HARARE City Council (HCC) will take over the “chaotic” settlement east of the capital known as Caledonia, with the mammoth task of sanitizing an area where all town and country planning rules have been defied, Mayor Bernard Manyenyeni told Parliament last week.
Source: Harare takes over Caledonia chaos – NewsDay Zimbabwe March 6, 2017
Manyenyeni told the Parliamentary Portfolio Committee on Local Government led by Zanu PF’s Irene Zindi that there were at least 30 000 households occupying stands, a majority of them acquired through corrupt land barons who gave people land in undesignated areas, and in a chaotic manner that they forgot Caledonia ought to have roads and schools.
“Normalising a settlement of this size (Caledonia) will need a lot of funding and technical skills. For the future period of Caledonia we expect better workmanship in terms of bridges and sewers,” Manyenyeni said.
Acting town clerk, Josephine Ncube said once Caledonia was incorporated under HCC, all plans would have to be approved by the capital city’s authorities.
“Our engineers have to monitor and supervise work so that we do not end up with substandard infrastructure. HCC will collect revenue from Caledonia from rates, submission of building plans, refuse collection, and water once it is connected,” Ncube said.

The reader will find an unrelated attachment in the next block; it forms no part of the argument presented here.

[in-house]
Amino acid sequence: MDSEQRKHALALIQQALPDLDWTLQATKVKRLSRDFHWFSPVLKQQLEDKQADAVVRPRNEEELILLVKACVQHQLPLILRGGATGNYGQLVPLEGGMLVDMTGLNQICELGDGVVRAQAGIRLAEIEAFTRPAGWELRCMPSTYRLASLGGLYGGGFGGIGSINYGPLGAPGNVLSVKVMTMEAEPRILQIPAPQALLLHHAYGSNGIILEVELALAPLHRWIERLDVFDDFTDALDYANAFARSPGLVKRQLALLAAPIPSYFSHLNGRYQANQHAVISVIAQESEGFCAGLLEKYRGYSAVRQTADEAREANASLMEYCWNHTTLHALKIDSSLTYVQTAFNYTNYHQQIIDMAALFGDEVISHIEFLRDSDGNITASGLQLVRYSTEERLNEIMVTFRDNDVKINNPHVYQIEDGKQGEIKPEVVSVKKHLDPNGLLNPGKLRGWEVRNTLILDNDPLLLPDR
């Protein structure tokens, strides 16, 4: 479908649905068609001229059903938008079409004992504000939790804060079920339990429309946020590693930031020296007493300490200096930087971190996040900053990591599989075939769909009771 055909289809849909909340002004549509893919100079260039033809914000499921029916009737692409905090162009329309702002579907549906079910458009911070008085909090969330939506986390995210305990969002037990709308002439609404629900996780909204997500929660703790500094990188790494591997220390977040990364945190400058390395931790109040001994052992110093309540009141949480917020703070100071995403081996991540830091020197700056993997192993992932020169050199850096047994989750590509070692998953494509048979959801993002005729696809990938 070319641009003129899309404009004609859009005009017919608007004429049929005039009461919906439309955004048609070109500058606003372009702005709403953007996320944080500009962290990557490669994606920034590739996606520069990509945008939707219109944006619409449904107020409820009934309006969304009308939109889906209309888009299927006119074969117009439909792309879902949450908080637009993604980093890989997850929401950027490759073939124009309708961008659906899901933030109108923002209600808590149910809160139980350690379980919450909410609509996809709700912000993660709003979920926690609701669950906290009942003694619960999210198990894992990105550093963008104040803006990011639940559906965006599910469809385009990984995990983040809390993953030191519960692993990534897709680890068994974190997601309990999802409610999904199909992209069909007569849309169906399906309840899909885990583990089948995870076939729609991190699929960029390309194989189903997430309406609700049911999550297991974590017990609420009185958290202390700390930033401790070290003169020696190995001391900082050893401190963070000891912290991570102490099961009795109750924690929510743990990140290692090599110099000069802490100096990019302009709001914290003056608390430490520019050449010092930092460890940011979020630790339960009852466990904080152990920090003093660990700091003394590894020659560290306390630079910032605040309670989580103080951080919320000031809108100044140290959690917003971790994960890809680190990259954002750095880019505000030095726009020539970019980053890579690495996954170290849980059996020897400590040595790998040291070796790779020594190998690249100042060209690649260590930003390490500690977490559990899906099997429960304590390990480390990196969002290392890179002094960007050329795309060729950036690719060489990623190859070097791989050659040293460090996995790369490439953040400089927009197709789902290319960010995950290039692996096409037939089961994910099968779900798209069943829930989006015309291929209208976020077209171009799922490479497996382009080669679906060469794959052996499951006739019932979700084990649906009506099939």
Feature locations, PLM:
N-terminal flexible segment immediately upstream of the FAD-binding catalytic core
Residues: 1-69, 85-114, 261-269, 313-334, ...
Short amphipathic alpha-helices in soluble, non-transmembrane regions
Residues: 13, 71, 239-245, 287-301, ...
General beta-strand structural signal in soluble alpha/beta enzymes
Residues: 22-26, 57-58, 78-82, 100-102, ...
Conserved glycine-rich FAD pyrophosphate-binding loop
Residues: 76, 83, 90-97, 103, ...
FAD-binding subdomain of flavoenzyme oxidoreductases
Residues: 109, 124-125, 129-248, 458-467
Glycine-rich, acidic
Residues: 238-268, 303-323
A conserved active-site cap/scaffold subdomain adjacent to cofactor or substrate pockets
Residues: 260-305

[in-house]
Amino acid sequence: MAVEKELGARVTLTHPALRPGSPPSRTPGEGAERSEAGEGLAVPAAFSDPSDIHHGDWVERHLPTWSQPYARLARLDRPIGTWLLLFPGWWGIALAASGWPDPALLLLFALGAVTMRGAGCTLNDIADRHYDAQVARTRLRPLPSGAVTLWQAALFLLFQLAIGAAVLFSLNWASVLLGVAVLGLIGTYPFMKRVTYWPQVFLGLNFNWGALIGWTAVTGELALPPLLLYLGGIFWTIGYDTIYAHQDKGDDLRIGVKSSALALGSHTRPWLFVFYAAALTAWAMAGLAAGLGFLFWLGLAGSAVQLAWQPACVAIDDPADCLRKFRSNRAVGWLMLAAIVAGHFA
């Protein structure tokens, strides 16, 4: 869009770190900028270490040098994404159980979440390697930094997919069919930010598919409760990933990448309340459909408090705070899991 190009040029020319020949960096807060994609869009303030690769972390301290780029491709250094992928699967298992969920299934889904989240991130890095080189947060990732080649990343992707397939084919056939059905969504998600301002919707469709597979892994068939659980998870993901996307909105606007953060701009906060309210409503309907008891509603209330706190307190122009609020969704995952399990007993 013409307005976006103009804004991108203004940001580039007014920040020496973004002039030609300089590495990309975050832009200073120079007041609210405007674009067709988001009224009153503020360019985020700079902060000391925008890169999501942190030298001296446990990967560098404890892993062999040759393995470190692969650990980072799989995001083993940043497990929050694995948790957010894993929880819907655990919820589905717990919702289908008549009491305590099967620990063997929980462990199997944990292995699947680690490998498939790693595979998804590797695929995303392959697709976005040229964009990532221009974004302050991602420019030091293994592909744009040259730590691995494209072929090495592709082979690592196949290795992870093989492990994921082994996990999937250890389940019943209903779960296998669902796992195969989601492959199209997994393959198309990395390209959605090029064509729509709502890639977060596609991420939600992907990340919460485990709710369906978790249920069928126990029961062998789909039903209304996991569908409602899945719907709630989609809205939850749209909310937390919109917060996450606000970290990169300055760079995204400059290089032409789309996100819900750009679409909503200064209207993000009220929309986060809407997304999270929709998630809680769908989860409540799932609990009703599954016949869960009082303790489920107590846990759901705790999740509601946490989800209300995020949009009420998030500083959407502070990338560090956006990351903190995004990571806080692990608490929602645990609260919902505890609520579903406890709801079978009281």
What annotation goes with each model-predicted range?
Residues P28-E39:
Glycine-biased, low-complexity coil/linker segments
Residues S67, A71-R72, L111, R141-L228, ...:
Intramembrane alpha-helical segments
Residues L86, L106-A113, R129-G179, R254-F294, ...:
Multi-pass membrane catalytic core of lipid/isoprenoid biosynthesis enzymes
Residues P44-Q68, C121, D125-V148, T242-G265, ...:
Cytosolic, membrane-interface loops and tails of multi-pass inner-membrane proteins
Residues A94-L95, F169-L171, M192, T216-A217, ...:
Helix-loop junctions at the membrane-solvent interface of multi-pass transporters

Glen Norah MP Webster Maondera said it will be unfair for HCC, which was grappling with its basic obligations including salaries, to take over Caledonia.
“I think it is not fair to take money from HCC and put it into developing Caledonia,” Maondera said, arguing there had been plunder of cooperatives in the area.
But Manyenyeni said precedence had already been set elsewhere, arguing instead “Caledonia should be declared a disaster.”
He said council would have to demolish sub-standard structures, adding political parties were abating the chaos in the slum. Manyenyeni added Local Government minister Saviour Kasukuwere had used a political rally to announce that he “knew the land barons.”
Small and Medium Enterprises minister Sithembiso Nyoni has defended the existence of housing cooperatives in Parliament.
Nyoni however, acknowledged challenges within cooperatives as well as the political hand at play.
“Most co-operatives are composed of members from low income earners and there is often political interference through various political groups. There is also unprocedural land allocations by cooperatives by land barons,” Nyoni said giving Chitungwiza as an example.
Nyoni also accused the Urban Development Corporation (Udcorp) which was initially given mandate to sanitise Caledonia of corruption and embezzling funds.
“We need an independent board of enquiry to go into Caledonia to come up with the truth. UDCORP is going into cooperatives’ accounts and taking money from them, and that is not allowed in the Cooperatives Act,” she said.
Caledonia is currently under the jurisdiction of the Goromonzi Rural District Council but hordes of party activists, land barons and housing cooperatives a few years ago invaded the area parceling it amongst themselves without proper infrastructure in place.